"I guess you could say that," said Sale, when asked about becoming a leader. "Just being around and helping out whatever way I can. Just talking baseball or pointing things out or whatever it might be. Just kind of go with it."
"Obviously, this is my home, so I hope I stay here," Beckham said. "It's tough because you see kind of a changing of the guard with some of these guys going. Hopefully, we'll still have most of the guys in here next year. I really think we are not too far off, so we just have to keep playing hard and not lose anybody else."
With the trade of right fielder Alex Rios and $1 million in cash considerations to the Rangers on Friday afternoon, Hahn has moved four established veterans since Matt Thornton was shipped to the Red Sox on July 12. Payroll flexibility comes with such moves, but so does the pain of losing a friend from the organization.
Rios received praise from everyone asked in the White Sox clubhouse following Friday's 7-5 Game 1 loss to the Twins. The 42-70 White Sox also understood the reason why Thornton, Rios, Jesse Crain and Jake Peavy no longer were practicing their craft in Chicago.
"We have nobody to blame but ourselves with the way we've played to this point," said John Danks, who started but finished with a no-decision in Friday's opener. "That's just part of the game. Obviously, we wish them well, but we're going to have to play better the last couple of months to salvage a little bit. We all have pride. None of us like losing. We have to go out there and win every game we can."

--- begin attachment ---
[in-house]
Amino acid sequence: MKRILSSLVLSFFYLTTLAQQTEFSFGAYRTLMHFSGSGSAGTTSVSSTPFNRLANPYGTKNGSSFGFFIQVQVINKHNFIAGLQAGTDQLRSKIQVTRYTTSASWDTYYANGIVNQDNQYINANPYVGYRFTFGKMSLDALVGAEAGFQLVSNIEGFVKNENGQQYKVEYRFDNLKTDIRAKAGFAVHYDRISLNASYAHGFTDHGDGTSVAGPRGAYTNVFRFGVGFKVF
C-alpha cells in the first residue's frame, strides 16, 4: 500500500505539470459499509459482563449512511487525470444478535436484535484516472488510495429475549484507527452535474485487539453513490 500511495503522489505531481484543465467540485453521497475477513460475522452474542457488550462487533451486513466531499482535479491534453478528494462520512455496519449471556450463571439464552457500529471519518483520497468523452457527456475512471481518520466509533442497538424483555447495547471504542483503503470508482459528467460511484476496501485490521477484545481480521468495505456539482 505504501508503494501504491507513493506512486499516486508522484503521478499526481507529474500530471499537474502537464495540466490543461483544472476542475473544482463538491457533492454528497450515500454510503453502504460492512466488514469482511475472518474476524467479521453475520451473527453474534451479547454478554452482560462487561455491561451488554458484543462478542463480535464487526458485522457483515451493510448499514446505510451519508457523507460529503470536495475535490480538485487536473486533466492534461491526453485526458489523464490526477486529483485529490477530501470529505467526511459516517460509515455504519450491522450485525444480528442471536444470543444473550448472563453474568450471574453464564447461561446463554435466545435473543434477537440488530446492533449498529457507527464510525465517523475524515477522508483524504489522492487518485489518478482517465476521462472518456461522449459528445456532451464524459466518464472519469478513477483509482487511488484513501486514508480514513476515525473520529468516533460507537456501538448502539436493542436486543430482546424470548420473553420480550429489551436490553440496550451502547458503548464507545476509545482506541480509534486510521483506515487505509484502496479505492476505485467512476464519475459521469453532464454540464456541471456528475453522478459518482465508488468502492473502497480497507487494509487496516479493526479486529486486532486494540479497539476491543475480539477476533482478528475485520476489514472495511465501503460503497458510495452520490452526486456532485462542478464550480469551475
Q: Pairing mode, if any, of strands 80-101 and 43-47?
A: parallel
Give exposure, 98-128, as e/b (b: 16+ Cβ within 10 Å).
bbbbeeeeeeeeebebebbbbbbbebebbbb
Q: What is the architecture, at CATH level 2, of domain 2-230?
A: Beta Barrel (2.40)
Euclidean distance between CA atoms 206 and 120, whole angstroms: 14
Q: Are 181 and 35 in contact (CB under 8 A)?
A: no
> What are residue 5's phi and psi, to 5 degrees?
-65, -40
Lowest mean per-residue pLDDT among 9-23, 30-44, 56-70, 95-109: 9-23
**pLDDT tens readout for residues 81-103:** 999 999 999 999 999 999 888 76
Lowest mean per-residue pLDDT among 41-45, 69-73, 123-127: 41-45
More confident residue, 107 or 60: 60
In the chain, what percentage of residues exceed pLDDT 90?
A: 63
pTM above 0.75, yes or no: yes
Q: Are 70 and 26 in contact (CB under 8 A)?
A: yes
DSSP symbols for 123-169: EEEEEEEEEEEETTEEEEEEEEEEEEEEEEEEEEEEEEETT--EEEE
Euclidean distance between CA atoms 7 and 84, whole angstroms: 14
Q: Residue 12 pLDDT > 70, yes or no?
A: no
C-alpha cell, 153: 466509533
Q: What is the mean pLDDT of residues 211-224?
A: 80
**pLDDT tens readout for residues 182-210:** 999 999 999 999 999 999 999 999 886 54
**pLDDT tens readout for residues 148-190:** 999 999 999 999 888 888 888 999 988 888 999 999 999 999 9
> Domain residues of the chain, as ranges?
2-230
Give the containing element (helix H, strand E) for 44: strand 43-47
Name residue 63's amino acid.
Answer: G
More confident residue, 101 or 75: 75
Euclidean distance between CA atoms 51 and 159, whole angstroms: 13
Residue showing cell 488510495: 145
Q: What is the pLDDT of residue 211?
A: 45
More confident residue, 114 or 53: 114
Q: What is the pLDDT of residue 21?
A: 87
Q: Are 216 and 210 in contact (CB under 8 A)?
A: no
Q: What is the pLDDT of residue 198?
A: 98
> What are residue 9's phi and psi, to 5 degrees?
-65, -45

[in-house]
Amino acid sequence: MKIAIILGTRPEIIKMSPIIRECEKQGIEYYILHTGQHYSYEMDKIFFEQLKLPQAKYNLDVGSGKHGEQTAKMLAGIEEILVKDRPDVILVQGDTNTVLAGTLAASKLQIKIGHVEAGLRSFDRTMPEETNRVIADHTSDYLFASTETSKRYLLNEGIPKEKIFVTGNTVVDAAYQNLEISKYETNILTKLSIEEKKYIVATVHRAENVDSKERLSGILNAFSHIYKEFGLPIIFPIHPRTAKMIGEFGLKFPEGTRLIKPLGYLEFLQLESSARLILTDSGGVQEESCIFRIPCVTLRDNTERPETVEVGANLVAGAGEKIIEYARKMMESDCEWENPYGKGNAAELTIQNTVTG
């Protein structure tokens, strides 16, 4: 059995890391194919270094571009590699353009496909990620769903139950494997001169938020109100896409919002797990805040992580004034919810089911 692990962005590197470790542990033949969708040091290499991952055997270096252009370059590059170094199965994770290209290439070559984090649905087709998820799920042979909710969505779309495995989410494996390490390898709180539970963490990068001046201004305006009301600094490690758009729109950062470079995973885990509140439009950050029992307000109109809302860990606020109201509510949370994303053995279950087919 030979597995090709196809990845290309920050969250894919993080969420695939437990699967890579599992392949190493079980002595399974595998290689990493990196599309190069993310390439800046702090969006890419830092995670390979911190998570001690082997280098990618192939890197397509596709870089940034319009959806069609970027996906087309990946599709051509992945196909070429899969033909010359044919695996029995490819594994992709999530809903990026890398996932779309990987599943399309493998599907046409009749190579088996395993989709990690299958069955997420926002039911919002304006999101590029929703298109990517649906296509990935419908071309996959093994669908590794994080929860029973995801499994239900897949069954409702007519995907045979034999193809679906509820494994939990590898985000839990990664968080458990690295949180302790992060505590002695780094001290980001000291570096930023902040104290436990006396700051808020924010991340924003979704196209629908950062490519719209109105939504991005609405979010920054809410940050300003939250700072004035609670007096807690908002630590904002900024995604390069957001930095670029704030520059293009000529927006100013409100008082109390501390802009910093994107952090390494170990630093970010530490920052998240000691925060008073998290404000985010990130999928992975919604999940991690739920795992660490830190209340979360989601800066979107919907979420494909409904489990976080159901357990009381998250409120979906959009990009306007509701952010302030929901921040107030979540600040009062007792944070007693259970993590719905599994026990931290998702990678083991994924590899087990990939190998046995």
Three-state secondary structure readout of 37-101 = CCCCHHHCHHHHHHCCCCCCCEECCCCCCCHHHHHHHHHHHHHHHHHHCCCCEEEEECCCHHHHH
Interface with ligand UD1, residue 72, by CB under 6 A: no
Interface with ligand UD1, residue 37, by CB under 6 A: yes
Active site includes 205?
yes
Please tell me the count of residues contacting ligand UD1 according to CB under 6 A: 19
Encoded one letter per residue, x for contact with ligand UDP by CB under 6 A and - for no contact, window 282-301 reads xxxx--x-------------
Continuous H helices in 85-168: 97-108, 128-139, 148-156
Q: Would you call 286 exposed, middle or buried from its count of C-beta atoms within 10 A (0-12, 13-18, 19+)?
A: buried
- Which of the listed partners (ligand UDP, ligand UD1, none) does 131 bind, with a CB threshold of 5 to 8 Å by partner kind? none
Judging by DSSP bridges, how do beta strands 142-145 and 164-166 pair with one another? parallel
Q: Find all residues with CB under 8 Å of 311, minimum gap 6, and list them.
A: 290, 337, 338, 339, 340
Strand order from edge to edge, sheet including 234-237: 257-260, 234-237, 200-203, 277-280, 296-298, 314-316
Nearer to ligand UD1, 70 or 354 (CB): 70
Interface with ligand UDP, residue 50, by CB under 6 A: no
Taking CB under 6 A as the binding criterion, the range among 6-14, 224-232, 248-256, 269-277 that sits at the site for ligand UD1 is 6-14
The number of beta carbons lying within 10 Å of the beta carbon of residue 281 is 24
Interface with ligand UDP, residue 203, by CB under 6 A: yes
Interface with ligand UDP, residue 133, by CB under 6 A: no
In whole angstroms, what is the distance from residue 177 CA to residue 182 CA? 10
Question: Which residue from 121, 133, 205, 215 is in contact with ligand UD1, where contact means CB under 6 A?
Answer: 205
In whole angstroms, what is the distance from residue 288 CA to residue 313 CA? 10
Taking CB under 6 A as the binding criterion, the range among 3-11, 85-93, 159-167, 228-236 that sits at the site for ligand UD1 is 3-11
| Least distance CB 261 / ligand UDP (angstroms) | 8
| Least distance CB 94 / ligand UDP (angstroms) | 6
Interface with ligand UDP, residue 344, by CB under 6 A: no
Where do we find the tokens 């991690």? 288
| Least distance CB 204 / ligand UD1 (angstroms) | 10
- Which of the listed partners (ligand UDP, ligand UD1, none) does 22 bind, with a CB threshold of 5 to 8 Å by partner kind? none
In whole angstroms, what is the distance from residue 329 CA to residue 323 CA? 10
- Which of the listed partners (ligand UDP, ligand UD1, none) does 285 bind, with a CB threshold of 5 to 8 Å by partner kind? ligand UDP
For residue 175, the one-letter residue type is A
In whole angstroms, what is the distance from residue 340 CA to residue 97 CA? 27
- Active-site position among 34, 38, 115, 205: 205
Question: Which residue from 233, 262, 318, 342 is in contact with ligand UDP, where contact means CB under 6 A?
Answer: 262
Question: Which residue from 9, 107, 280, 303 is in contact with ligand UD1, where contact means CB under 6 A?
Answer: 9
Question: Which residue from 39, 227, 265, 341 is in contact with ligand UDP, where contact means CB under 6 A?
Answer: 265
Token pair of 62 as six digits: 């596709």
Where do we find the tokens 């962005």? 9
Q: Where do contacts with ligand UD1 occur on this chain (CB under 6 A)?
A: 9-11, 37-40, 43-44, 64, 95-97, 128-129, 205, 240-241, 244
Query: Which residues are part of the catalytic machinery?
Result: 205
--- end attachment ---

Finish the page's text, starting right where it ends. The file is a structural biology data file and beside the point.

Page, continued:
"That's the name of the game. That's why this stuff happens, because we haven't played well," Beckham said. "It's frustrating, but you know it is part of the game, so you just have to take it in stride."
The White Sox clearly have an understanding of reasons for these previous moves, but the undercurrent in Friday's clubhouse suggests the hope that no other major moves are coming down the line. Even with the unknown of Konerko's future, a veteran presence such as Adam Dunn would be able to supplement the youthful core in the lineup and in the clubhouse.
Hahn has discussed a reload, as opposed to a rebuild, which makes sense with the White Sox pitching depth. They also have the aforementioned payroll flexibility to add on, saving $40 million between now and the end of '14 if Rios and Peavy's salaries are factored in for next season.
Knowing that the White Sox are headed in the right direction while not giving up on '14 produces a positive outlook to future staples such as Beckham and Sale.
"We'll have most of these guys back I think," Beckham said. "It's going to be a little different from here on out but you know what, we've got some young guys and we'll see how they can play. That will be fun, hopefully."
"Your plan every year is to win," Sale said. "That's the main consensus in the clubhouse and through the organization, putting a winning team on the field. So however it shakes out it will. We still have a lot of baseball left this year going forward. So I try not to put too much emphasis on that stuff."